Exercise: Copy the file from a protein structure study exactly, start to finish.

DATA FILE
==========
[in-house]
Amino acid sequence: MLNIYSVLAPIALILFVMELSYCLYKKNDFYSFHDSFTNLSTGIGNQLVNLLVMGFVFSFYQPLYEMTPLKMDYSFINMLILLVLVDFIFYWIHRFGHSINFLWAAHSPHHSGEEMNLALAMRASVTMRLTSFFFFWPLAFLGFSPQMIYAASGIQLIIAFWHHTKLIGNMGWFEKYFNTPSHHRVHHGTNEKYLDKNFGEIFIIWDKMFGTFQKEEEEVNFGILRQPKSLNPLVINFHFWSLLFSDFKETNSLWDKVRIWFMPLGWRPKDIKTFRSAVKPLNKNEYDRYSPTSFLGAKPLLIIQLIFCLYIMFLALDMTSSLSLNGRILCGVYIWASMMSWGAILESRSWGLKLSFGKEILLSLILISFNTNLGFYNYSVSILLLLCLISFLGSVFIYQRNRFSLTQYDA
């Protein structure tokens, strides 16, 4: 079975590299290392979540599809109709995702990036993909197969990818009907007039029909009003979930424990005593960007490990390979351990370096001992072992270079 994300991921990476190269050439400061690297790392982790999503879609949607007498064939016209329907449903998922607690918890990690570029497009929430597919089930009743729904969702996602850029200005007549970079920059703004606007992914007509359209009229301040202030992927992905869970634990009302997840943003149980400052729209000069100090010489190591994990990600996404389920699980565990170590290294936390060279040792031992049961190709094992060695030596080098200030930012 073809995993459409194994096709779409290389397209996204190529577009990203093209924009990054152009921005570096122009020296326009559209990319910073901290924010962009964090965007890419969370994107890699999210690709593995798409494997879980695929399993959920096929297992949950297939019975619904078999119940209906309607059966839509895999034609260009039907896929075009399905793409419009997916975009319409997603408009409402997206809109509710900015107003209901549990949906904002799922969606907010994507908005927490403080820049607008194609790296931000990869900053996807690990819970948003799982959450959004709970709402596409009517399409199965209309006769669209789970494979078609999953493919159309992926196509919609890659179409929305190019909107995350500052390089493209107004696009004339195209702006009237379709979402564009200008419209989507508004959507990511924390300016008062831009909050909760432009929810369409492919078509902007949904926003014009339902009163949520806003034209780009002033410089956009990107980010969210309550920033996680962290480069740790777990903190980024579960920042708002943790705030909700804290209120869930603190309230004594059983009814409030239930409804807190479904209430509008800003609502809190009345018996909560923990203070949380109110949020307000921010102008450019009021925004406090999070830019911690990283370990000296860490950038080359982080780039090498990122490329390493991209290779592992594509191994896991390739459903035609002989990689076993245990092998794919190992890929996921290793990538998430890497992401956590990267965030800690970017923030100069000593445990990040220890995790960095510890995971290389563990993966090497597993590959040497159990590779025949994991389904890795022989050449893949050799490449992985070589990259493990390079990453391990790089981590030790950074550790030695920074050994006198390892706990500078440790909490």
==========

[in-house]
Amino acid sequence: MLNIYSVLAPIALILFVMELSYCLYKKNDFYSFHDSFTNLSTGIGNQLVNLLVMGFVFSFYQPLYEMTPLKMDYSFINMLILLVLVDFIFYWIHRFGHSINFLWAAHSPHHSGEEMNLALAMRASVTMRLTSFFFFWPLAFLGFSPQMIYAASGIQLIIAFWHHTKLIGNMGWFEKYFNTPSHHRVHHGTNEKYLDKNFGEIFIIWDKMFGTFQKEEEEVNFGILRQPKSLNPLVINFHFWSLLFSDFKETNSLWDKVRIWFMPLGWRPKDIKTFRSAVKPLNKNEYDRYSPTSFLGAKPLLIIQLIFCLYIMFLALDMTSSLSLNGRILCGVYIWASMMSWGAILESRSWGLKLSFGKEILLSLILISFNTNLGFYNYSVSILLLLCLISFLGSVFIYQRNRFSLTQYDA
């Protein structure tokens, strides 16, 4: 079975590299290392979540599809109709995702990036993909197969990818009907007039029909009003979930424990005593960007490990390979351990370096001992072992270079 994300991921990476190269050439400061690297790392982790999503879609949607007498064939016209329907449903998922607690918890990690570029497009929430597919089930009743729904969702996602850029200005007549970079920059703004606007992914007509359209009229301040202030992927992905869970634990009302997840943003149980400052729209000069100090010489190591994990990600996404389920699980565990170590290294936390060279040792031992049961190709094992060695030596080098200030930012 073809995993459409194994096709779409290389397209996204190529577009990203093209924009990054152009921005570096122009020296326009559209990319910073901290924010962009964090965007890419969370994107890699999210690709593995798409494997879980695929399993959920096929297992949950297939019975619904078999119940209906309607059966839509895999034609260009039907896929075009399905793409419009997916975009319409997603408009409402997206809109509710900015107003209901549990949906904002799922969606907010994507908005927490403080820049607008194609790296931000990869900053996807690990819970948003799982959450959004709970709402596409009517399409199965209309006769669209789970494979078609999953493919159309992926196509919609890659179409929305190019909107995350500052390089493209107004696009004339195209702006009237379709979402564009200008419209989507508004959507990511924390300016008062831009909050909760432009929810369409492919078509902007949904926003014009339902009163949520806003034209780009002033410089956009990107980010969210309550920033996680962290480069740790777990903190980024579960920042708002943790705030909700804290209120869930603190309230004594059983009814409030239930409804807190479904209430509008800003609502809190009345018996909560923990203070949380109110949020307000921010102008450019009021925004406090999070830019911690990283370990000296860490950038080359982080780039090498990122490329390493991209290779592992594509191994896991390739459903035609002989990689076993245990092998794919190992890929996921290793990538998430890497992401956590990267965030800690970017923030100069000593445990990040220890995790960095510890995971290389563990993966090497597993590959040497159990590779025949994991389904890795022989050449893949050799490449992985070589990259493990390079990453391990790089981590030790950074550790030695920074050994006198390892706990500078440790909490």